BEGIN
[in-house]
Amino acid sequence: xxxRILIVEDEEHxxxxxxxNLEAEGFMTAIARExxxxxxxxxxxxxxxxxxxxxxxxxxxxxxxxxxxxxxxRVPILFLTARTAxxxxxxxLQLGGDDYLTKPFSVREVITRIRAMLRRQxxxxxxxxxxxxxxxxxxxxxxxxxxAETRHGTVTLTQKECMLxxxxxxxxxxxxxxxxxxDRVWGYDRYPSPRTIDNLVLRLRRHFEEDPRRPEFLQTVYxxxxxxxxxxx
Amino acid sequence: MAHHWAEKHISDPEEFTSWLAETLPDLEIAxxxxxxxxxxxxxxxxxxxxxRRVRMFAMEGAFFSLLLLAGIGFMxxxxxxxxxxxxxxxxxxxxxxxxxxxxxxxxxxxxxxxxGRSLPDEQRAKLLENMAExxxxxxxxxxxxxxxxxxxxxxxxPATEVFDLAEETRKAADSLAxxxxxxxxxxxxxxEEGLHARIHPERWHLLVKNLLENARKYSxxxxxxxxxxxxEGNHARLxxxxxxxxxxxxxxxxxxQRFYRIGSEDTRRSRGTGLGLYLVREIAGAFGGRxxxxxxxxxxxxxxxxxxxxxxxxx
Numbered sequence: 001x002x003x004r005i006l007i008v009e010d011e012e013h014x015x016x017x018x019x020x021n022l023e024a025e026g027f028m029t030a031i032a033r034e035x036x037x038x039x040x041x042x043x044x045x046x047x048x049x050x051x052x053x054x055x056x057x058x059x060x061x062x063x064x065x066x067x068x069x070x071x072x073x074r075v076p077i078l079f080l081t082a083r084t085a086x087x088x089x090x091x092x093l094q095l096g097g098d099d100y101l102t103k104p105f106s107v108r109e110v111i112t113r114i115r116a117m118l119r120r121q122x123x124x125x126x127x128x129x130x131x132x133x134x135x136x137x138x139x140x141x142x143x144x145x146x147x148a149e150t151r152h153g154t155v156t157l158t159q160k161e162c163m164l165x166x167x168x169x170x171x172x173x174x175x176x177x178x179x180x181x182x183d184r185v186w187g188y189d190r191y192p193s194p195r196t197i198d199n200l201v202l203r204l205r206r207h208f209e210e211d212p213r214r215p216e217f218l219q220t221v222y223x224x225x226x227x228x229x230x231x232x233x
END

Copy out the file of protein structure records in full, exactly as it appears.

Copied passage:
[in-house]
Amino acid sequence: xxxRILIVEDEEHxxxxxxxNLEAEGFMTAIARExxxxxxxxxxxxxxxxxxxxxxxxxxxxxxxxxxxxxxxRVPILFLTARTAxxxxxxxLQLGGDDYLTKPFSVREVITRIRAMLRRQxxxxxxxxxxxxxxxxxxxxxxxxxxAETRHGTVTLTQKECMLxxxxxxxxxxxxxxxxxxDRVWGYDRYPSPRTIDNLVLRLRRHFEEDPRRPEFLQTVYxxxxxxxxxxx
Amino acid sequence: MAHHWAEKHISDPEEFTSWLAETLPDLEIAxxxxxxxxxxxxxxxxxxxxxRRVRMFAMEGAFFSLLLLAGIGFMxxxxxxxxxxxxxxxxxxxxxxxxxxxxxxxxxxxxxxxxGRSLPDEQRAKLLENMAExxxxxxxxxxxxxxxxxxxxxxxxPATEVFDLAEETRKAADSLAxxxxxxxxxxxxxxEEGLHARIHPERWHLLVKNLLENARKYSxxxxxxxxxxxxEGNHARLxxxxxxxxxxxxxxxxxxQRFYRIGSEDTRRSRGTGLGLYLVREIAGAFGGRxxxxxxxxxxxxxxxxxxxxxxxxx
Numbered sequence: 001x002x003x004r005i006l007i008v009e010d011e012e013h014x015x016x017x018x019x020x021n022l023e024a025e026g027f028m029t030a031i032a033r034e035x036x037x038x039x040x041x042x043x044x045x046x047x048x049x050x051x052x053x054x055x056x057x058x059x060x061x062x063x064x065x066x067x068x069x070x071x072x073x074r075v076p077i078l079f080l081t082a083r084t085a086x087x088x089x090x091x092x093l094q095l096g097g098d099d100y101l102t103k104p105f106s107v108r109e110v111i112t113r114i115r116a117m118l119r120r121q122x123x124x125x126x127x128x129x130x131x132x133x134x135x136x137x138x139x140x141x142x143x144x145x146x147x148a149e150t151r152h153g154t155v156t157l158t159q160k161e162c163m164l165x166x167x168x169x170x171x172x173x174x175x176x177x178x179x180x181x182x183d184r185v186w187g188y189d190r191y192p193s194p195r196t197i198d199n200l201v202l203r204l205r206r207h208f209e210e211d212p213r214r215p216e217f218l219q220t221v222y223x224x225x226x227x228x229x230x231x232x233x